Source: Xinhua

08-08-2008 07:37

Special Report:   2008 Beijing Olympic Games

BRUSSELS, Aug. 7 (Xinhua) -- The Dutch Olympic team faces tough challenges from South Korea, Spain, Hungary and Japan in its road to a top 10 finish in the medal tally, team chief Charles van Commenee told Xinhua in a recent interview.

"Our ambition is to finish in the top 10 in the medal tally. There are a few countries who are in the same bracket," the Dutch Chef de Mission said.

"They are of sort of similar strength. We hope to finish in the same bracket as them," he told Xinhua through telephone.

Van Commenee has high hopes for cycling, which in his opinion will probably bring home the most medals. The Dutch cycling team abounds with world class players, including Marianne Vos, who took the biking and road racing titles in 2006 world championships and became the track racing world champion in the points race this year.

"We are making a nine-medal shot (in cycling)," said van Commenee, also the technical director of the Dutch Olympic Committee.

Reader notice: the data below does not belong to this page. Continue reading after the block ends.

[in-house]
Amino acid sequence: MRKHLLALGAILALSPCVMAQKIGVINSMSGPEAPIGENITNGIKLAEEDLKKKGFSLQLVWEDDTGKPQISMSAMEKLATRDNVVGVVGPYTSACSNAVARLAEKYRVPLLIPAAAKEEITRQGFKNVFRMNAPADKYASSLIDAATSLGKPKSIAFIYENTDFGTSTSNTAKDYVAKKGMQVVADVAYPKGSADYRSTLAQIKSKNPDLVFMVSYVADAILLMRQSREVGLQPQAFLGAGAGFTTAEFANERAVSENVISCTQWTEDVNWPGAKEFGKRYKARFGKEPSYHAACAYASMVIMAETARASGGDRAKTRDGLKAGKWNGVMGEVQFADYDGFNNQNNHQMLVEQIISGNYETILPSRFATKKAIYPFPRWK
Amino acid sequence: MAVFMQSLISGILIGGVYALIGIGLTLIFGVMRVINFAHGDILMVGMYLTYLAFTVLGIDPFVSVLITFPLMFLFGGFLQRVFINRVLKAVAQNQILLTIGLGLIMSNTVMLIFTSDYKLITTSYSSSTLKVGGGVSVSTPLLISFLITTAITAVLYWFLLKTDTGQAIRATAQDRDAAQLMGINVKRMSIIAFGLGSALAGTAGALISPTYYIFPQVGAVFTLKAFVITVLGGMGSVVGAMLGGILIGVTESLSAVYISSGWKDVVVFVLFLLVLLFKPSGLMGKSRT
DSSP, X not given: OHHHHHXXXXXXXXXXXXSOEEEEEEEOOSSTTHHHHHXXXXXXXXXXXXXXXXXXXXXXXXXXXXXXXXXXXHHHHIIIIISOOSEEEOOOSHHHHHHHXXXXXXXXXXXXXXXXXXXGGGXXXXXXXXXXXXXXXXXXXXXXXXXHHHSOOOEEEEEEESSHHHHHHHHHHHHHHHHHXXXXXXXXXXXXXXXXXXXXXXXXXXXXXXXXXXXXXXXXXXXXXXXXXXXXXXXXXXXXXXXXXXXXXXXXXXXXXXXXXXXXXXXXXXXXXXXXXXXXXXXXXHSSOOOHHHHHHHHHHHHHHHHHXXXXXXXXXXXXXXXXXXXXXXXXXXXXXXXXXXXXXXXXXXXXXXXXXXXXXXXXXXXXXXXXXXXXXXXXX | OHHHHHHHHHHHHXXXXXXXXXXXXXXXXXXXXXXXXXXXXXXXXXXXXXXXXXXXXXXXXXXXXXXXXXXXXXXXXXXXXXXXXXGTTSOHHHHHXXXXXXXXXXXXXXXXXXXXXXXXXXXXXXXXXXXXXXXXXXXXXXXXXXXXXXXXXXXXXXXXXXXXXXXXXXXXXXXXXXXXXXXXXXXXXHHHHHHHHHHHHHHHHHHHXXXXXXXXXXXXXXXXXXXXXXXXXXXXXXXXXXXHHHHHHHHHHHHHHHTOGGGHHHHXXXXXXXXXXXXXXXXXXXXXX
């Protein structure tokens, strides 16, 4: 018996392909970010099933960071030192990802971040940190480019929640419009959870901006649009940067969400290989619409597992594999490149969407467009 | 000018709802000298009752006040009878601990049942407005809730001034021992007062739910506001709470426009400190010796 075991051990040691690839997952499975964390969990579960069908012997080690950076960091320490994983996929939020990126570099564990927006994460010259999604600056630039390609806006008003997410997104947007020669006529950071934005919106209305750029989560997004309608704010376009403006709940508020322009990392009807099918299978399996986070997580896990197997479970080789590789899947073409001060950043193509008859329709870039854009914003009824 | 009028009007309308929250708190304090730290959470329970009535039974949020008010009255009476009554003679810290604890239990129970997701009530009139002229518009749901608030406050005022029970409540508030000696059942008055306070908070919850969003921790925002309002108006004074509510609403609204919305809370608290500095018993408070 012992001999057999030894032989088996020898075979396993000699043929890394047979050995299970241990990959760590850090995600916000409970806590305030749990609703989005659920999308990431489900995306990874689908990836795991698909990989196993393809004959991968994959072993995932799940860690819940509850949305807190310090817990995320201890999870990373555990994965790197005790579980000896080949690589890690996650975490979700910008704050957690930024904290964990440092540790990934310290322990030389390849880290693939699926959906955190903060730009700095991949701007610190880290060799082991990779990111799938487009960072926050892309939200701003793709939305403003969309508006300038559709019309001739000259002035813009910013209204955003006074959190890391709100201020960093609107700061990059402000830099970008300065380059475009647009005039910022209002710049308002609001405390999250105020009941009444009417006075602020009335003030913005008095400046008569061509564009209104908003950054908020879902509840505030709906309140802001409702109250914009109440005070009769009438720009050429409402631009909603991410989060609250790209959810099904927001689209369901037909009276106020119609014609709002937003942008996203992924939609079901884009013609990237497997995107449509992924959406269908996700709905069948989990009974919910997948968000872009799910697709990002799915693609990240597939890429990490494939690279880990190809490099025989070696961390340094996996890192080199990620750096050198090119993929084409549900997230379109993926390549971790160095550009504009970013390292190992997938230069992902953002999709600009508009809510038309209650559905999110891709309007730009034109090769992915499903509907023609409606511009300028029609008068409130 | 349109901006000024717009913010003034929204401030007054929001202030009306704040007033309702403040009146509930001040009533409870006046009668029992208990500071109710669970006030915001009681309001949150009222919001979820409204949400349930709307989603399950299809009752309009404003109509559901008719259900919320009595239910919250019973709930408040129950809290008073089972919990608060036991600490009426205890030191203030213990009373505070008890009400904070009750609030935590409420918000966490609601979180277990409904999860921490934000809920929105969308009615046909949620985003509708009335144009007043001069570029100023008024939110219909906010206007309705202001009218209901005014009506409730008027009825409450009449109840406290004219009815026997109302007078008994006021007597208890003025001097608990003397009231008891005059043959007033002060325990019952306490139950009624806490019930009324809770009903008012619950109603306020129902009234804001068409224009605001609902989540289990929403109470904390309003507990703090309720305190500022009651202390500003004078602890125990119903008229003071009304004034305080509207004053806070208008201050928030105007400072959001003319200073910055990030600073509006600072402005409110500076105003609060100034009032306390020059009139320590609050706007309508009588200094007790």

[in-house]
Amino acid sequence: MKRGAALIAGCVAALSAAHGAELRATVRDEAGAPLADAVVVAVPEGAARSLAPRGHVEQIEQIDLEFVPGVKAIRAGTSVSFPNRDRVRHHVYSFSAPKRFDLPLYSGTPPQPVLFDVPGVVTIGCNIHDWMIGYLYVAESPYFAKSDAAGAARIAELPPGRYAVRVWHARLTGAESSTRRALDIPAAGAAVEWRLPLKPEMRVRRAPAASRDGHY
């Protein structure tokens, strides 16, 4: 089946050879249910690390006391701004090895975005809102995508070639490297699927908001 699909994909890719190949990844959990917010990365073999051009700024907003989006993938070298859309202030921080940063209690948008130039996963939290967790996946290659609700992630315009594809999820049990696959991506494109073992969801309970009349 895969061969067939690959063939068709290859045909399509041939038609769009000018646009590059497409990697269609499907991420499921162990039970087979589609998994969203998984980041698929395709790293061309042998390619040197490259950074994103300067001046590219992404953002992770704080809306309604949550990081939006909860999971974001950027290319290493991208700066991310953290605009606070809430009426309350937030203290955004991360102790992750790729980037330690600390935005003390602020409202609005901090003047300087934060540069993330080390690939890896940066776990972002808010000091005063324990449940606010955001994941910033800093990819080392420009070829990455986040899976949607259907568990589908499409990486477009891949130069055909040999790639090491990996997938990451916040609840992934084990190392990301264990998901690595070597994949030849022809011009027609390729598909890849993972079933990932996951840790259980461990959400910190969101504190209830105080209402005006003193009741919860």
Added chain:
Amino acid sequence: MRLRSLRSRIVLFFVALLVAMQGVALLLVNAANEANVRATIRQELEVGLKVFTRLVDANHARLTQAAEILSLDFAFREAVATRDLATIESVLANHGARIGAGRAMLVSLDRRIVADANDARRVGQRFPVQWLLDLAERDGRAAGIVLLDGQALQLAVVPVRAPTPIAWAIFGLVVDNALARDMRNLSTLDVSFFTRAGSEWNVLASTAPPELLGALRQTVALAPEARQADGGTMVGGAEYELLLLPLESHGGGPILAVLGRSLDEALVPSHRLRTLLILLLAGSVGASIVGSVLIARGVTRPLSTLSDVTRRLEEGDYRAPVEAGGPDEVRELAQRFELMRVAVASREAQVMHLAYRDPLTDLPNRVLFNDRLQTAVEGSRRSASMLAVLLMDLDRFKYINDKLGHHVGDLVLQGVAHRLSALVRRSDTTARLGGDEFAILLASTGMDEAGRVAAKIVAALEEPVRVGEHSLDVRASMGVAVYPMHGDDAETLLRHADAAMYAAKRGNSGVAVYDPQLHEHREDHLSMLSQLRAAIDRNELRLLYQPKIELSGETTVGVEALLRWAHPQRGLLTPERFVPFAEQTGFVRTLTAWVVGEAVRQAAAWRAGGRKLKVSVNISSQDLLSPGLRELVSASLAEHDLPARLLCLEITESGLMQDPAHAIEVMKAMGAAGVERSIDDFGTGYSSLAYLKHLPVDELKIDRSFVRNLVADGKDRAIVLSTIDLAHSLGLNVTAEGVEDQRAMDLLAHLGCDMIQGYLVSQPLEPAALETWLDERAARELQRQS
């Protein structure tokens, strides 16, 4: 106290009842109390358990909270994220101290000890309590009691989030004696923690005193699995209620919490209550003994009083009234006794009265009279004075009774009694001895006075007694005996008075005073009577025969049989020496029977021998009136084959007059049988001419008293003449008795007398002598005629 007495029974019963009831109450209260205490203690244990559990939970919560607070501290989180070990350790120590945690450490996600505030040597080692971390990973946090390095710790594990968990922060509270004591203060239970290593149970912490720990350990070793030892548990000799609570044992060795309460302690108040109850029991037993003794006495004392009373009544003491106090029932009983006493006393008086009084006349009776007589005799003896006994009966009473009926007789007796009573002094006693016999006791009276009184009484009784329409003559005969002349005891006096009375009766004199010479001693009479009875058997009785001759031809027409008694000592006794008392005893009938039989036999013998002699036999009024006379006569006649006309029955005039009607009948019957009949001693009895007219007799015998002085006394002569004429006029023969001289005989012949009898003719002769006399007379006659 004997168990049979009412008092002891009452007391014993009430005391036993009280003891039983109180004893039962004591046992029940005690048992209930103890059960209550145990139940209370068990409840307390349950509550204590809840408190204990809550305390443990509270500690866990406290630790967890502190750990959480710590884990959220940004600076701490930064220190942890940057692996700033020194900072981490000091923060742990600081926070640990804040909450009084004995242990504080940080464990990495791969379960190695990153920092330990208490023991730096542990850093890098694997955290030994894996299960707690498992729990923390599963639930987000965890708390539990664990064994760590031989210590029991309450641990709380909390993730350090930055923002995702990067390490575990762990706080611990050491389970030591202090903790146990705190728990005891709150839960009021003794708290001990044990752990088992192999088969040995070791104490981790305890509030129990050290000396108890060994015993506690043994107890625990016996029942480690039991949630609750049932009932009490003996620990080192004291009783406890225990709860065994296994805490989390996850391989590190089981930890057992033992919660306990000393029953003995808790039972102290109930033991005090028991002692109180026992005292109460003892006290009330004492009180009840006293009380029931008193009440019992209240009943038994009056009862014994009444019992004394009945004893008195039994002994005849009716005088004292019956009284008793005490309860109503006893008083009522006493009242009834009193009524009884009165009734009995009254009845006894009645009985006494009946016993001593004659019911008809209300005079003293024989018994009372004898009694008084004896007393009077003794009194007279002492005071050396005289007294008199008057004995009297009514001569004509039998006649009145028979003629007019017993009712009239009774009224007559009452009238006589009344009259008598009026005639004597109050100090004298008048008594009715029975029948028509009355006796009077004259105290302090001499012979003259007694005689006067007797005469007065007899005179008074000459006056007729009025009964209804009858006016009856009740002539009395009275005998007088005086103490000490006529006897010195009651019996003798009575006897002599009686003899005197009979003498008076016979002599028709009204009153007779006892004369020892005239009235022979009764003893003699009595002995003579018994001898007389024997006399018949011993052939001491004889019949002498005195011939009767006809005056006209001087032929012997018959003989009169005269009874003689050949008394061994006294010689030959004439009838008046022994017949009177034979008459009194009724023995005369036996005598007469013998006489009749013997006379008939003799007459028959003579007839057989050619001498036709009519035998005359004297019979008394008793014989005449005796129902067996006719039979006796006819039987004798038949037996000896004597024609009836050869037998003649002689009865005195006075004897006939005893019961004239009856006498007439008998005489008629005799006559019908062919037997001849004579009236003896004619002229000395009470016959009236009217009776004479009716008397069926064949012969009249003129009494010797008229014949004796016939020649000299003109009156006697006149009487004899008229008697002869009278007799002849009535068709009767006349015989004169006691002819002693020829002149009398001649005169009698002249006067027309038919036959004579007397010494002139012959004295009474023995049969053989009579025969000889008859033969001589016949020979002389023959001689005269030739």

Judo is another sport where the Dutch are likely to reap medals. The team boasts Ruben Houkes, the gold medalist in the men's under 60-kilo class at the 2007 World Judo Championships, and Mark Huizinga, who won one gold and two bronzes in the past three Olympic Games.

The Dutch are also strong in equestrian, field hockey, swimming and sailing. The Dutch women's hockey team is one of the favorites to took gold in Beijing, while Anky van Grunsven, 40, is looking to take her third gold in individual dressage in as many Olympic Games.

While aiming high, van Commenee is also realistic. "There is no use to compare ourselves with America or China," he said.

The high temperature and humidity in Beijing, coupled by jet lag, could pose a big challenge to Dutch athletes, van Commenee said.

"But we are prepared for that. Our players have been competing in China or its neighboring countries for at least twice in the past two years to prepare for the Olympics," he said.

Van Commenee is not in the least doubt that the Beijing Olympics Organizing Committee will do a great job providing good service to international guests.

"With the help of the International Olympic Committee, everything will be at the best possible level," he said. "I'm not worried (about the food or transport) at all."

Recalling his stay in China in the early 1990s when he was coaching Chinese athletes, including shot putter Huang Zhihong, van Commenee said he was struck by the hospitality of the Chinese people.

"The people are very nice. I was treated like a king," he said.